There is a printable version of the template here. Have fun! And don’t forget: I’d love to see anything you do – you can email it to email@example.com, post it on my Peta Rainford’s Facebook page @dogpigeon, or Tweet me @PetaRainford
Did you have a go at making a Scribble Monster or two after Monday’s post? (It’s here if you missed it.) If you did, you may, like me, have found it strangely addictive, and ended up with a whole bunch of monsters…
I’m now surrounded by Scribble Monsters. Which got me thinking about creating a story about them. Why don’t you have a go? And don’t forget: I’d love to see anything you do – you can email it to firstname.lastname@example.org, post it on my Peta Rainford’s Facebook page @dogpigeon, or Tweet me @PetaRainford
12: Create a story about Scribble Monsters (and you don’t have to write a word, unless you want to!)
There are lots of different ways of creating a story:
Tell it! Talk about the characters and the adventures they might have ( you could video or record the story, if you like)
Draw it! As soon as you draw in a background behind the Scribble Monsters, you start telling a story about where they live and what they are doing. Or you can create a more detailed narrative, by creating a cartoon strip
Write it! Writing could be anything from single words – labelling a drawing, for example – to speech bubbles in a cartoon, or the more flowing narrative of a ‘traditional’ written story
Whichever way you decide to create your story, you might like to think about the following:
What are the monsters called?
What relationship do the monsters have to each other? Are they friends? Enemies? Strangers? Members of the same family? Or something else?
Are they goodies or baddies?
Where do they live? Maybe they live on a mysterious planet, with a mysterious name. Maybe they live in the fluff under your sofa. Maybe they live next door to you…
What language do they speak?
What adventure will they go on?
These are just some broad-brush ideas for creating a story. I will look at some of them in more detail in future posts. Have fun with your story making – and do please feel free to share your creations with me.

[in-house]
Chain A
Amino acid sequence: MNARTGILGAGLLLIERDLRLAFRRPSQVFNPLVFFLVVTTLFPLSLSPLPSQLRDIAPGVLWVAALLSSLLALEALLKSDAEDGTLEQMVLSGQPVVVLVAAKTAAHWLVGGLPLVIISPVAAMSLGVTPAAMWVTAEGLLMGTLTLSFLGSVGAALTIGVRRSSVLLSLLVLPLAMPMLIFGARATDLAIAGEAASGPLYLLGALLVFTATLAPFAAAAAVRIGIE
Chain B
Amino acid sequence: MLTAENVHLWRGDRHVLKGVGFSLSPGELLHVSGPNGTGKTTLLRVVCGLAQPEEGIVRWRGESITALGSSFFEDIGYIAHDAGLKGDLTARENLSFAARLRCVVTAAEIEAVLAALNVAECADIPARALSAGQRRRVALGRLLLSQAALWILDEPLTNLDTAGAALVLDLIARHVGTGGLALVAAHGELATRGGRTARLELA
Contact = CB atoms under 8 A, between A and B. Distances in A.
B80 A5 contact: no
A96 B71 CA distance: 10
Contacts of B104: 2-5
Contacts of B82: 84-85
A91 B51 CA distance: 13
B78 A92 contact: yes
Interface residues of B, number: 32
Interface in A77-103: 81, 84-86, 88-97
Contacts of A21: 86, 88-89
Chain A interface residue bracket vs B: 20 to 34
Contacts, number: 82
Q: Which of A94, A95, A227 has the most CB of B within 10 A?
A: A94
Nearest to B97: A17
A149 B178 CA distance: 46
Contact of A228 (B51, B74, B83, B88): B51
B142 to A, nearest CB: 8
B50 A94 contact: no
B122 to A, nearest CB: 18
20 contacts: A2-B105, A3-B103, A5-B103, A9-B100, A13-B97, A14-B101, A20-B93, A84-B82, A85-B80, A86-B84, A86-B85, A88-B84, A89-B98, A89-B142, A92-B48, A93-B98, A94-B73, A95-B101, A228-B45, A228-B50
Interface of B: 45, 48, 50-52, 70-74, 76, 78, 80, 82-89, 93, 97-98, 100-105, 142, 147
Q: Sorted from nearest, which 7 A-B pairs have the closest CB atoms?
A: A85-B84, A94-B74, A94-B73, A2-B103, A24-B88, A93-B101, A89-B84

Welcome to another week! I’ve got a really fun activity for you today, inspired by my book, Milly’s Marvellous Mistakes,which has the message that it’s ok to make mistakes. The activity is about turning scribbles into something beautiful. Warning: this can become a bit addictive!
Why not have a go? I’d love to see anything you do – you can email it to email@example.com, post it on my Peta Rainford’s Facebook page @dogpigeon, or Tweet me @PetaRainford
11. Do the scribble challenge!
There’s nothing to it: get yourself a large piece of paper and draw a number of scribbles on it – leave a bit of space between each scribble.
There are lots of things you can do with a scribble:
Colour it in…
Turn it into a Scribble Monster! You can use some googly eyes, if you’ve got them, and cut out and stick on a scary mouth…
See what pictures you can make out of the scribbles you have drawn… I thought one of my scribbles looked like a dinosaur. I also used scribbles to draw a tree, someone with crazy hair and a sheep
So, that’s the fourth week of lockdown almost done. As a gentle wind-down into the weekend, I thought it would be nice to get back to some straightforward drawing. My book, Milly’s Marvellous Mistakesis all about painting and drawing, and and why the process of drawing – practising, making mistakes and learning – is more important than the end result.